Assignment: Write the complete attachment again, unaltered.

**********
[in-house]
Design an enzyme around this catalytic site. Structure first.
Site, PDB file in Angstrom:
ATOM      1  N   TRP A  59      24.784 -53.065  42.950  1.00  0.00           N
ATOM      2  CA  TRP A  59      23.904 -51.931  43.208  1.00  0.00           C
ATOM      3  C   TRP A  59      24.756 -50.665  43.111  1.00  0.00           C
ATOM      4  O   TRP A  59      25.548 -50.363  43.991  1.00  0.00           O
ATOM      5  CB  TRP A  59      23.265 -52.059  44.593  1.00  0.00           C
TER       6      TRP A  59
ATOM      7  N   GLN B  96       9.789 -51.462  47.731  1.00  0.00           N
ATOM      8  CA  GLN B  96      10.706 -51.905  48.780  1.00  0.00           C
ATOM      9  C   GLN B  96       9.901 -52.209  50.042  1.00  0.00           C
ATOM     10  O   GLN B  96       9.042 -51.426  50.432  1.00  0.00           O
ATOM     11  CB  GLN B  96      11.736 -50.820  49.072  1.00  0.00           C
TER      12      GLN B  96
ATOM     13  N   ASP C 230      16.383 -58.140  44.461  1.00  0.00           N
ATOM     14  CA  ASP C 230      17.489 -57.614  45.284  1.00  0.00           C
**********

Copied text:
[in-house]
Design an enzyme around this catalytic site. Structure first.
Site, PDB file in Angstrom:
ATOM      1  N   TRP A  59      24.784 -53.065  42.950  1.00  0.00           N
ATOM      2  CA  TRP A  59      23.904 -51.931  43.208  1.00  0.00           C
ATOM      3  C   TRP A  59      24.756 -50.665  43.111  1.00  0.00           C
ATOM      4  O   TRP A  59      25.548 -50.363  43.991  1.00  0.00           O
ATOM      5  CB  TRP A  59      23.265 -52.059  44.593  1.00  0.00           C
TER       6      TRP A  59
ATOM      7  N   GLN B  96       9.789 -51.462  47.731  1.00  0.00           N
ATOM      8  CA  GLN B  96      10.706 -51.905  48.780  1.00  0.00           C
ATOM      9  C   GLN B  96       9.901 -52.209  50.042  1.00  0.00           C
ATOM     10  O   GLN B  96       9.042 -51.426  50.432  1.00  0.00           O
ATOM     11  CB  GLN B  96      11.736 -50.820  49.072  1.00  0.00           C
TER      12      GLN B  96
ATOM     13  N   ASP C 230      16.383 -58.140  44.461  1.00  0.00           N
ATOM     14  CA  ASP C 230      17.489 -57.614  45.284  1.00  0.00           C